The Explosion at the Center of Our Galaxy

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In the electron-positron model [1], black holes naturally separate into two distinct varieties. Those of intermediate mass are supported against gravity by electron degeneracy pressure, while supermassive black holes are supported by ideal gas and radiation pressure. Their equilibrium states are reproduced in Table 1 and Table 2.

A critical mass of $8\times {10}^{6}{\text{M}}_{\odot}$ defines the transition region.

Over the course of time, these black holes gradually lose energy by heating ionized gas in the accretion disk. They also suffer the loss of electrons, positrons and low-level radiation directly from the black hole itself. This raises the possibility that our black hole ( $4\times {10}^{6}{\text{M}}_{\odot}$, Table 1) may have undergone a spontaneous

Table 1. Intermediate-mass.

Table 2. Supermassive.

transition from supermassive to intermediate-mass status. The radius of the metastable state would have been $R={R}_{s}=1.2\times {10}^{12}\text{\hspace{0.05em}}\text{cm}$. At a point in time millions of years ago, the radius suddenly increased to $R=2.5{R}_{s}=3\times {10}^{12}\text{\hspace{0.05em}}\text{cm}$, releasing the electromagnetic radiation. The remaining leptons settled into the stable quantum state that exists today.

The pressure in a supermassive black hole is given by

$P={P}_{\text{gas}}+{P}_{\text{rad}}=\frac{\rho}{m}kT+\frac{a}{3}{T}^{4}$ (1)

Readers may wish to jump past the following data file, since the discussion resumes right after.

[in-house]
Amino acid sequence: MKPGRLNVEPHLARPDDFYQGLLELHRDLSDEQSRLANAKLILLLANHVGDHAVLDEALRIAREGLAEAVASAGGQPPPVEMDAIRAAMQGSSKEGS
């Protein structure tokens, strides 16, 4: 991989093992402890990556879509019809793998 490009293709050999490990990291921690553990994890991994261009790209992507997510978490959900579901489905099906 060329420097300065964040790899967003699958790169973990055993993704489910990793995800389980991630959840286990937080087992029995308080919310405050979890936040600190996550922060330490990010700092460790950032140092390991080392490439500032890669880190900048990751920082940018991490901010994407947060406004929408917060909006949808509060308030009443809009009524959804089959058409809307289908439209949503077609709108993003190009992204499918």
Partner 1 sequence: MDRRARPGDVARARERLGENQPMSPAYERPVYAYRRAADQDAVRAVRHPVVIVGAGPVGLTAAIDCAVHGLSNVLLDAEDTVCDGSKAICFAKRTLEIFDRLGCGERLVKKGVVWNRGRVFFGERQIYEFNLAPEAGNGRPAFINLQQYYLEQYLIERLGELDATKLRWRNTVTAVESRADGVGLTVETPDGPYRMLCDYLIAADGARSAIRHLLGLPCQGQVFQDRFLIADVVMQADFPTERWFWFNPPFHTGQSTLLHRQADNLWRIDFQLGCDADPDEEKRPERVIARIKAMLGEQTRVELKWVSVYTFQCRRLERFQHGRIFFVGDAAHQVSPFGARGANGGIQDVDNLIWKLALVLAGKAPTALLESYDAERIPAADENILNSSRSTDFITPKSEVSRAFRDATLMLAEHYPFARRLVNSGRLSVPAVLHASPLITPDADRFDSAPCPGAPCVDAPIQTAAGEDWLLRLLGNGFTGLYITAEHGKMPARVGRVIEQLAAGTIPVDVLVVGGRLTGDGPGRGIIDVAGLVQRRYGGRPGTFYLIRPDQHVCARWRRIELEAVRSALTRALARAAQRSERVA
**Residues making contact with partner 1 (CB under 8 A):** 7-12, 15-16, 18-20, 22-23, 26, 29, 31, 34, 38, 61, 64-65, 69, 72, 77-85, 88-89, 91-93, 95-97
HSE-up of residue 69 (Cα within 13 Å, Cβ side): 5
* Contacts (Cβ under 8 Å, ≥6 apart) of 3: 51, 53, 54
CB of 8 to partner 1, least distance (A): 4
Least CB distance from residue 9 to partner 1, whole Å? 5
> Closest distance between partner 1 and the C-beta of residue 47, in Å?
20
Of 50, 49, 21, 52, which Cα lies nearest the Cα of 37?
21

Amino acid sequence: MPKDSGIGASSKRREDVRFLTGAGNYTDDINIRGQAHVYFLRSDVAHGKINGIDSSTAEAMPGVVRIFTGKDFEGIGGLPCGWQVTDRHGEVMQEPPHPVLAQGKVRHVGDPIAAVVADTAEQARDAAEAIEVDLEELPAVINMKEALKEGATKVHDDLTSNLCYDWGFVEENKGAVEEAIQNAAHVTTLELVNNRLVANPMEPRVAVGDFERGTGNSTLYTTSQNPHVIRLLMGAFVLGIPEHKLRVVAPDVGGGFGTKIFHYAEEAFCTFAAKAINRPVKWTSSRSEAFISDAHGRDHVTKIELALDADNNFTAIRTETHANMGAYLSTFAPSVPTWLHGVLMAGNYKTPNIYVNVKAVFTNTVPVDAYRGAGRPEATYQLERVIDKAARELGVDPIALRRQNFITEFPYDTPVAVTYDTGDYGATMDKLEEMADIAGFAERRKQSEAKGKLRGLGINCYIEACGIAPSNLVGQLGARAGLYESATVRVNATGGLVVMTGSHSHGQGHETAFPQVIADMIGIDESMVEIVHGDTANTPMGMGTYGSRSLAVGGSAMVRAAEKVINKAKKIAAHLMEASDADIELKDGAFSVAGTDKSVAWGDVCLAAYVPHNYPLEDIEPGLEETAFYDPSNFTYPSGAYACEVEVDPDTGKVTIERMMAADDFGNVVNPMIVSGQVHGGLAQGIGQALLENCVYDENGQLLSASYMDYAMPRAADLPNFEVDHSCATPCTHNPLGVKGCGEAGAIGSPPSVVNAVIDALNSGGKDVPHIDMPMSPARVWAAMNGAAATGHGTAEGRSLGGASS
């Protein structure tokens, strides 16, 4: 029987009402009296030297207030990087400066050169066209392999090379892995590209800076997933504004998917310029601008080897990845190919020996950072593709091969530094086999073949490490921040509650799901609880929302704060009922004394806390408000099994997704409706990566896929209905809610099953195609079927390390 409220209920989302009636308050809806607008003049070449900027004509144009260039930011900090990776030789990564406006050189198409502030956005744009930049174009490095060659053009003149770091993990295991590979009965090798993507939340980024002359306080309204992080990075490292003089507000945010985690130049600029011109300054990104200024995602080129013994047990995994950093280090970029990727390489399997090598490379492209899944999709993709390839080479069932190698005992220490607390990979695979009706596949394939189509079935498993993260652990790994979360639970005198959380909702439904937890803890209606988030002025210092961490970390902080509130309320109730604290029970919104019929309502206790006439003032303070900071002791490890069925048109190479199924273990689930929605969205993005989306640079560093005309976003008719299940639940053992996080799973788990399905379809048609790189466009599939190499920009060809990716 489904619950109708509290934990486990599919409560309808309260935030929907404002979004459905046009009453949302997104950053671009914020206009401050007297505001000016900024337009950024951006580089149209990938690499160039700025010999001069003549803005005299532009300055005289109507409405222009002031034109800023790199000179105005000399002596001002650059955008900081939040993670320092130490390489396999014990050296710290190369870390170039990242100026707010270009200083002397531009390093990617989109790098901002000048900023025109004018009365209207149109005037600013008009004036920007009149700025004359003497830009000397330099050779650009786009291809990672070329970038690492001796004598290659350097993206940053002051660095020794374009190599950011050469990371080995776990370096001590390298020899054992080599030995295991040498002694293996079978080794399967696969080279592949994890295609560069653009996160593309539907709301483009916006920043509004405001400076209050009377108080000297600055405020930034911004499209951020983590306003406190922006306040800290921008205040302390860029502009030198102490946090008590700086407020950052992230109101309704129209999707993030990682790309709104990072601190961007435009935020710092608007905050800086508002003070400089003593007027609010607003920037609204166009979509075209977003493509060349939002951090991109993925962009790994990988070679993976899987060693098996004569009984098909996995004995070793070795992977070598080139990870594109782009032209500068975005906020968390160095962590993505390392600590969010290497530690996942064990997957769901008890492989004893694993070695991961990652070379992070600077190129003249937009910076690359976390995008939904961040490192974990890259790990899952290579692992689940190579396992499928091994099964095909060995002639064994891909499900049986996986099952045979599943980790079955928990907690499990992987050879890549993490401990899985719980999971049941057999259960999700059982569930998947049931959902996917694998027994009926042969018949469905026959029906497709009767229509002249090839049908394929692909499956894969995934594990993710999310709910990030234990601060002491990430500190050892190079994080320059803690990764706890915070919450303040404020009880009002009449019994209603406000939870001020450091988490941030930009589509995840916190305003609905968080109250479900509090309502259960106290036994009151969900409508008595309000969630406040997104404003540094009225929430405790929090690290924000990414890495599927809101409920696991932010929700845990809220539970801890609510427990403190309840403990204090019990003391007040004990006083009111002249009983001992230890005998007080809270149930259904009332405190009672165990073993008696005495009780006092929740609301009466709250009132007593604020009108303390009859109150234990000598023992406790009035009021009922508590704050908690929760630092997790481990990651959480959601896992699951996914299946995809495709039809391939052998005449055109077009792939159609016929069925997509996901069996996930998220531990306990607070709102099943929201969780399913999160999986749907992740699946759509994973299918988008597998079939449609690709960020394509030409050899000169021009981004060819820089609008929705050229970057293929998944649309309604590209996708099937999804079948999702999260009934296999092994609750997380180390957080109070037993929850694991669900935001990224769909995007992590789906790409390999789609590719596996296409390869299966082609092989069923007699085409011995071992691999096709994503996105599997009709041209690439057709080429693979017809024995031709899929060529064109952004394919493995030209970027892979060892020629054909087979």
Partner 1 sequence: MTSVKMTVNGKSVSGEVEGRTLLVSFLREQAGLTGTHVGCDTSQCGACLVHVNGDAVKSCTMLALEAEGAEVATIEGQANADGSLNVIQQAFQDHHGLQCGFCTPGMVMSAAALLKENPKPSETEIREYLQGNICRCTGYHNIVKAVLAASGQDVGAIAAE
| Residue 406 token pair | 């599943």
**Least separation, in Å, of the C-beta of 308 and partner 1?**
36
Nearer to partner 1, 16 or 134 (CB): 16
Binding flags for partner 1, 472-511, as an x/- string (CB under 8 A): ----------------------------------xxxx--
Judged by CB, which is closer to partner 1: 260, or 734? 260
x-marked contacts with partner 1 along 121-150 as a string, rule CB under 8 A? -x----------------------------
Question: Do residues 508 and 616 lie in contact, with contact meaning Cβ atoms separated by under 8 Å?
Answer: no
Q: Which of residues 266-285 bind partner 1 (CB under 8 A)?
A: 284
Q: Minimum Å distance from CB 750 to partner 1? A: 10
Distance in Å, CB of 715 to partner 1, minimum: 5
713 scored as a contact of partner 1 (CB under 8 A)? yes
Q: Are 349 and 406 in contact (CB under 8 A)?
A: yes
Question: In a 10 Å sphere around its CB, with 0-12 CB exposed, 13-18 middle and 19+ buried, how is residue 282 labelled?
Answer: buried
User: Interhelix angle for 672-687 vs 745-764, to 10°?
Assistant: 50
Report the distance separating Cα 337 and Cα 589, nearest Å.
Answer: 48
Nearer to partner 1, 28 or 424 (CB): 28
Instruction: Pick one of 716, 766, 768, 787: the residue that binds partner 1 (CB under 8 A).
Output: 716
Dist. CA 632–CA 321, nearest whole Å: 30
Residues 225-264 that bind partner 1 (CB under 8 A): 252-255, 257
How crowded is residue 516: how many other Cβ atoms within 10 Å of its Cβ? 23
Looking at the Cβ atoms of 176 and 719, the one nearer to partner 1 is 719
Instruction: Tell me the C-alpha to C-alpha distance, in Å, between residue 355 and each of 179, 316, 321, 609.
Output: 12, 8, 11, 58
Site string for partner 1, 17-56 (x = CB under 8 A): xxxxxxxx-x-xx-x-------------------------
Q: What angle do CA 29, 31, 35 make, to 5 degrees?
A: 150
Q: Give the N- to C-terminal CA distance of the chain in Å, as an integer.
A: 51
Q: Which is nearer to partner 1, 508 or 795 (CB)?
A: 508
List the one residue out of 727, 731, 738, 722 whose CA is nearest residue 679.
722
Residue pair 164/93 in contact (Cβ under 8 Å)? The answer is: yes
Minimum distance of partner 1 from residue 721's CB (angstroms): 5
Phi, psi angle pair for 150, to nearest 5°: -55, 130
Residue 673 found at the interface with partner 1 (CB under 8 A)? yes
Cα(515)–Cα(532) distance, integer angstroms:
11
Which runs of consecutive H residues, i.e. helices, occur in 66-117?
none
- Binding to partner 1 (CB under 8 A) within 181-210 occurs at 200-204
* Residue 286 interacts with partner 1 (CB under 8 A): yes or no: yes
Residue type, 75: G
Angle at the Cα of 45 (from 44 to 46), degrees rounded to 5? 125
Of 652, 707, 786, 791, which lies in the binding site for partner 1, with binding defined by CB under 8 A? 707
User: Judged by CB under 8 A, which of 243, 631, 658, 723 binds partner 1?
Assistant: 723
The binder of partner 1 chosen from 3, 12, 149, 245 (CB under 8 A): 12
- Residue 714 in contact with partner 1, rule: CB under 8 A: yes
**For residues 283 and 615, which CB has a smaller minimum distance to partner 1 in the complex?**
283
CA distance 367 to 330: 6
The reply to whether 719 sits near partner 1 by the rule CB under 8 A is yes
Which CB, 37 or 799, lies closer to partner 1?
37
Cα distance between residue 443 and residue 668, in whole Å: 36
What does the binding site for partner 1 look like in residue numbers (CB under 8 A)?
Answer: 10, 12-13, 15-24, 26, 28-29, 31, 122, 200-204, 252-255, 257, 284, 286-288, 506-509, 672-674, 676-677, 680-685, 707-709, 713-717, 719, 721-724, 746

where $a={\pi}^{2}{k}^{4}/15{\left(\hslash c\right)}^{3}$. In states near the transition region, the gas pressure is far greater than the radiation pressure. This is due to the high number density of leptons. For purposes of calculation, it is simpler to adopt the uniform density model [2], in which case the pressure satisfies

$P={P}_{0}\left(1-\frac{{r}^{2}}{{R}^{2}}\right)$ (2)

Ignoring the radiation pressure leaves the linear ideal gas relation between pressure and temperature, so that

$T={T}_{0}\left(1-\frac{{r}^{2}}{{R}^{2}}\right)$ (3)

The energy density of radiation is

${u}_{\text{rad}}=a{T}^{4}=a{T}_{0}^{4}{\left(1-\frac{{r}^{2}}{{R}^{2}}\right)}^{4}$ (4)

which yields the total radiant energy

${U}_{\text{rad}}={\displaystyle {\int}_{0}^{R}}\text{\hspace{0.05em}}\text{\hspace{0.05em}}{u}_{\text{rad}}4\pi {r}^{2}\text{d}r=1.6\times {10}^{58}\text{\hspace{0.05em}}\text{erg}$ (5)

where $M=4\times {10}^{6}\text{\hspace{0.05em}}{\text{M}}_{\odot}\mathrm{,}R=1.2\times {10}^{12}\text{\hspace{0.05em}}\text{cm}$ and ${T}_{0}=1.3\times {10}^{9}\text{\hspace{0.05em}}\text{K}$.

The energy calculated here is an order of magnitude greater than the current upper estimates for the Fermi bubbles. Nevertheless, given the experimental uncertainties and given the limitations of the model, it may be said that the work is in substantial agreement with observation.